But let’s wait and see. Perhaps Miliband’s speech today will not be a rehash of tired stereotypes. Perhaps he’ll promise a crackdown on exploitative employment practices and apologise for being a member of the government that cut funding for English-language teaching in the first place (PDF). Perhaps he’ll declare, bravely, that the stereotype of the immigrant who doesn’t want to learn English, who doesn’t want to “integrate” is as wrong and damaging as George Osborne’s stereotype of the benefit claimant who spends all day in bed with the curtains closed while his or her hard-working neighbour does a day of hard graft.

If "One Nation" Labour fails to challenge the dominant right-wing narratives on such vital issues as our multicultural society, the welfare state, and austerity economics, then it is a dead political project.

So go on, surprise us.

After the successes of London 2012, Jessica Ennis and Mo Farah have become the new face of the UK's multicultural society. Photograph: Getty Images

Daniel Trilling is the Editor of New Humanist magazine. He was formerly an Assistant Editor at the New Statesman.

Photo: Getty
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The UK press’s timid reaction to Brexit is in marked contrast to the satire unleashed on Trump

For the BBC, it seems, to question leaving the EU is to be unpatriotic.

Faced with arguably their biggest political-cum-constitutional ­crisis in half a century, the press on either side of the pond has reacted very differently. Confronting a president who, unlike many predecessors, does not merely covertly dislike the press but rages against its supposed mendacity as a purveyor of “fake news”, the fourth estate in the US has had a pretty successful first 150-odd days of the Trump era. The Washington Post has recovered its Watergate mojo – the bloodhound tenacity that brought down Richard Nixon. The Post’s investigations into links between the Kremlin and Donald Trump’s associates and appointees have yielded the scalp of the former security adviser Michael Flynn and led to Attorney General Jeff Sessions recusing himself from all inquiries into Trump-Russia contacts. Few imagine the story will end there.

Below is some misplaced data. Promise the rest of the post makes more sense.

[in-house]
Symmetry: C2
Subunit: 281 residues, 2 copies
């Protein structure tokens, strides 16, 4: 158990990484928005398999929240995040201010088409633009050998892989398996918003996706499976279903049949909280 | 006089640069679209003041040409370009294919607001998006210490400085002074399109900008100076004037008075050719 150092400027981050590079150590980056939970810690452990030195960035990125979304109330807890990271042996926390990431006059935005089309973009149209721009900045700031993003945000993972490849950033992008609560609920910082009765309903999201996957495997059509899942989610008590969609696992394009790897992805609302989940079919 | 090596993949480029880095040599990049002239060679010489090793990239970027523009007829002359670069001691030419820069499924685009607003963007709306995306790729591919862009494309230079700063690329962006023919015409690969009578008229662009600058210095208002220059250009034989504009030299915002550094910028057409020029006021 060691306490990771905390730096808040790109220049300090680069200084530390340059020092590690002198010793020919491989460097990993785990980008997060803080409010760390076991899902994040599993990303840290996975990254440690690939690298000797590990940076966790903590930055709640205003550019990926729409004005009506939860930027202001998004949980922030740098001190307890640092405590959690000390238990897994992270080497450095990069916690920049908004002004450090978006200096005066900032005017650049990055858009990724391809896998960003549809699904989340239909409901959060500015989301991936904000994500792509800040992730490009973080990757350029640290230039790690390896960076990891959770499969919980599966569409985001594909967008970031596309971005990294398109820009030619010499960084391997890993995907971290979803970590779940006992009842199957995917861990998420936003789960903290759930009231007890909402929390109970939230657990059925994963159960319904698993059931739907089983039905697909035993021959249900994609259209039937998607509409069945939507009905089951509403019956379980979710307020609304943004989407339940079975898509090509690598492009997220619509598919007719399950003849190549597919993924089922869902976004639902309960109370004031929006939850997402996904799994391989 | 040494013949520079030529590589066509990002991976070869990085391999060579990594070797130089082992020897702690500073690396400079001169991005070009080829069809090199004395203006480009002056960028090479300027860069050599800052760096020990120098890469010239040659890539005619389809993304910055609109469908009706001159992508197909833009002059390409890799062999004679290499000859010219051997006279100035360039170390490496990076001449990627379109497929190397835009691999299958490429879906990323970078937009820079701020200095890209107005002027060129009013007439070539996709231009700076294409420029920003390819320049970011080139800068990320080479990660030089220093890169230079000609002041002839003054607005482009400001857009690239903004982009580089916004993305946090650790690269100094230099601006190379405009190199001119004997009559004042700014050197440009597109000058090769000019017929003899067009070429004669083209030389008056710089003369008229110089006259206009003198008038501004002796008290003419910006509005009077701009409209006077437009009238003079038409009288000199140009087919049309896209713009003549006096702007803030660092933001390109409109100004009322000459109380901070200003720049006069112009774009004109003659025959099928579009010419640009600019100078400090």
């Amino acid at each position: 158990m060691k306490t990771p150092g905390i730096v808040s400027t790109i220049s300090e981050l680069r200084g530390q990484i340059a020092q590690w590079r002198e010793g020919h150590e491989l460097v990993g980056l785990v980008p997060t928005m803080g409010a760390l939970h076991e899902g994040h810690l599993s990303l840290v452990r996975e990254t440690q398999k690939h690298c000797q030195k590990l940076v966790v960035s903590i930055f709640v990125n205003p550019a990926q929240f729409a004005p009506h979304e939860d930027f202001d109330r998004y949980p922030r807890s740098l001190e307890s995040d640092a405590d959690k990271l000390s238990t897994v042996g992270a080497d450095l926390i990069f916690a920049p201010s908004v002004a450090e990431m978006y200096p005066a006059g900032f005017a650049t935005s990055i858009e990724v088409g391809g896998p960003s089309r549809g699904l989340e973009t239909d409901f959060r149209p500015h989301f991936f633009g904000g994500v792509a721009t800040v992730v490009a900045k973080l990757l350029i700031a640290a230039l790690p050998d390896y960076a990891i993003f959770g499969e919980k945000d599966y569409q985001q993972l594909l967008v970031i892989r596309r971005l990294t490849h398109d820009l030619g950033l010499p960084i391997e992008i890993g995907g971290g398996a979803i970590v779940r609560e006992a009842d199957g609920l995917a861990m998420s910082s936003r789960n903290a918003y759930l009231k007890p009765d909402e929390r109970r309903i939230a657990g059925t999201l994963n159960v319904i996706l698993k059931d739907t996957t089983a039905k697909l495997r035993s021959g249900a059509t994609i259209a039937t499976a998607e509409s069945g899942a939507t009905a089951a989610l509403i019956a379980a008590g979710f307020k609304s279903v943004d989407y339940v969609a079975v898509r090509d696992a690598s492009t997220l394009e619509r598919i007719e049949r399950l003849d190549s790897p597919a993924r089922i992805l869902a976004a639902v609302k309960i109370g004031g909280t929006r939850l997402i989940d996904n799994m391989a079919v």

Meanwhile, the New York Times has cast off its image as “the grey lady” and come out in sharper colours. Commenting on the James Comey memo in an editorial, the Times raised the possibility that Trump was trying to “obstruct justice”, and called on Washington lawmakers to “uphold the constitution”. Trump’s denunciations of the Times as “failing” have acted as commercial “rocket fuel” for the paper, according to its CEO, Mark Thompson: it gained an “astonishing” 308,000 net digital news subscriptions in the first quarter of 2017.

US-based broadcast organisations such as CNN and ABC, once considered slick or bland, have reacted to Trump’s bullying in forthright style. Political satire is thriving, led by Saturday Night Live, with its devastating impersonations of the president by Alec Baldwin and of his press secretary Sean Spicer by the brilliant Melissa McCarthy.

British press reaction to Brexit – an epic constitutional, political and economic mess-up that probably includes a mind-bogglingly destructive self-ejection from a single market and customs union that took decades to construct, a move pushed through by a far-right faction of the Tory party – has been much more muted. The situation is complicated by the cheerleading for Brexit by most of the British tabloids and the Daily Telegraph. There are stirrings of resistance, but even after an election in which Theresa May spectacularly failed to secure a mandate for her hard Brexit, there is a sense, though the criticism of her has been intense, of the media pussy-footing around a government in disarray – not properly interrogating those who still seem to promise that, in relation to Europe, we can have our cake and eat it.